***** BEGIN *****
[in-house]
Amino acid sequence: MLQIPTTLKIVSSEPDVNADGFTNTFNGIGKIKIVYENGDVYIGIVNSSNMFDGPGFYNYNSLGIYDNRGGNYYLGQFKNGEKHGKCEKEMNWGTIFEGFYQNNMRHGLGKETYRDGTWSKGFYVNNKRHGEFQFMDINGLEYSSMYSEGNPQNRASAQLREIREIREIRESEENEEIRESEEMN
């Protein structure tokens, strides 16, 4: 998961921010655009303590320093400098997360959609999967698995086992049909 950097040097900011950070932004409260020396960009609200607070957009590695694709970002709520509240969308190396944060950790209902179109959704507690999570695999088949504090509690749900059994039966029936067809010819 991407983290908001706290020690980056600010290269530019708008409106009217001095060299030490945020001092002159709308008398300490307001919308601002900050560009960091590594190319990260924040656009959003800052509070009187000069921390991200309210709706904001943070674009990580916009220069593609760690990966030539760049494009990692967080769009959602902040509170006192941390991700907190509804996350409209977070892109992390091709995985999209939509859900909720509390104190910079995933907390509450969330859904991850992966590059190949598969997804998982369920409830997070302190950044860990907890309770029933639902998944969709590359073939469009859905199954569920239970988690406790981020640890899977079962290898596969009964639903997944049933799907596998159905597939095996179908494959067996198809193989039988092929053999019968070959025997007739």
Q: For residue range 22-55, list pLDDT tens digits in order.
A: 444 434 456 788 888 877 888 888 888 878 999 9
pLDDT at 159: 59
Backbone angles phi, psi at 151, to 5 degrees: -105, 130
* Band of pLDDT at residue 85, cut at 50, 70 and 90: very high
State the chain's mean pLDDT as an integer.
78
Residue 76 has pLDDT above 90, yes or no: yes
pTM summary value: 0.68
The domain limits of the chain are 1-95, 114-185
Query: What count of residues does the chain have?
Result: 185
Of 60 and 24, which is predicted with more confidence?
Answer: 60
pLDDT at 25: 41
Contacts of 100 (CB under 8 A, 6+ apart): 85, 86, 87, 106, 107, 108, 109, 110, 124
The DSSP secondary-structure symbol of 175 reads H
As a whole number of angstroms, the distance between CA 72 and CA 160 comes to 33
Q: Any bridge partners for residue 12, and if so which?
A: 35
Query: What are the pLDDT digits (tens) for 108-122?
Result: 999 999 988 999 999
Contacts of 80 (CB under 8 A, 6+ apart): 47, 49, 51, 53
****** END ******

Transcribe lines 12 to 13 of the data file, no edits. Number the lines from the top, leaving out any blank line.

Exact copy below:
pTM summary value: 0.68
The domain limits of the chain are 1-95, 114-185